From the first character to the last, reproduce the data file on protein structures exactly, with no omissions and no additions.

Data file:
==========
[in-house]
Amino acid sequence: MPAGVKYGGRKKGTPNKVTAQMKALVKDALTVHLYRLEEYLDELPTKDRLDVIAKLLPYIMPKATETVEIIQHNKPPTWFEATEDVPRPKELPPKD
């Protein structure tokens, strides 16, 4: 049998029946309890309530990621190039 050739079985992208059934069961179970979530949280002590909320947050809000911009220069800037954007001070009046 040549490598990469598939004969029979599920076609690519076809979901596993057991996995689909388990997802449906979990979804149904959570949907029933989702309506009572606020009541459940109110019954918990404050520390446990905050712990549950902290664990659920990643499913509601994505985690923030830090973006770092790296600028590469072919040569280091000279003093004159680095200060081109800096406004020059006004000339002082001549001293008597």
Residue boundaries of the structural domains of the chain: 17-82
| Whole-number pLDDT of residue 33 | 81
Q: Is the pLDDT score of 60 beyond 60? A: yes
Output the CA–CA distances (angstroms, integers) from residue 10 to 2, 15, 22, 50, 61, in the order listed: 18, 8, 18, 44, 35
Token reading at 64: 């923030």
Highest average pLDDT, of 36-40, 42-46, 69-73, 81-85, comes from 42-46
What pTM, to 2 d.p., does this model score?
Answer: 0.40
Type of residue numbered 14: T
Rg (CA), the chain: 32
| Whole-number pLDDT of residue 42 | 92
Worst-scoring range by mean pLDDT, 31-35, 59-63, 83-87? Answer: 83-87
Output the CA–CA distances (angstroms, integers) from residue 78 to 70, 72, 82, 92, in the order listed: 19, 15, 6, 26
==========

[in-house]
Amino acid sequence: MPAGVKYGGRKKGTPNKVTAQMKALVKDALTVHLYRLEEYLDELPTKDRLDVIAKLLPYIMPKATETVEIIQHNKPPTWFEATEDVPRPKELPPKD
């Protein structure tokens, strides 16, 4: 049998029946309890309530990621190039 050739079985992208059934069961179970979530949280002590909320947050809000911009220069800037954007001070009046 040549490598990469598939004969029979599920076609690519076809979901596993057991996995689909388990997802449906979990979804149904959570949907029933989702309506009572606020009541459940109110019954918990404050520390446990905050712990549950902290664990659920990643499913509601994505985690923030830090973006770092790296600028590469072919040569280091000279003093004159680095200060081109800096406004020059006004000339002082001549001293008597």
Residue boundaries of the structural domains of the chain: 17-82
| Whole-number pLDDT of residue 33 | 81
Q: Is the pLDDT score of 60 beyond 60? A: yes
Output the CA–CA distances (angstroms, integers) from residue 10 to 2, 15, 22, 50, 61, in the order listed: 18, 8, 18, 44, 35
Token reading at 64: 């923030």
Highest average pLDDT, of 36-40, 42-46, 69-73, 81-85, comes from 42-46
What pTM, to 2 d.p., does this model score?
Answer: 0.40
Type of residue numbered 14: T
Rg (CA), the chain: 32
| Whole-number pLDDT of residue 42 | 92
Worst-scoring range by mean pLDDT, 31-35, 59-63, 83-87? Answer: 83-87
Output the CA–CA distances (angstroms, integers) from residue 78 to 70, 72, 82, 92, in the order listed: 19, 15, 6, 26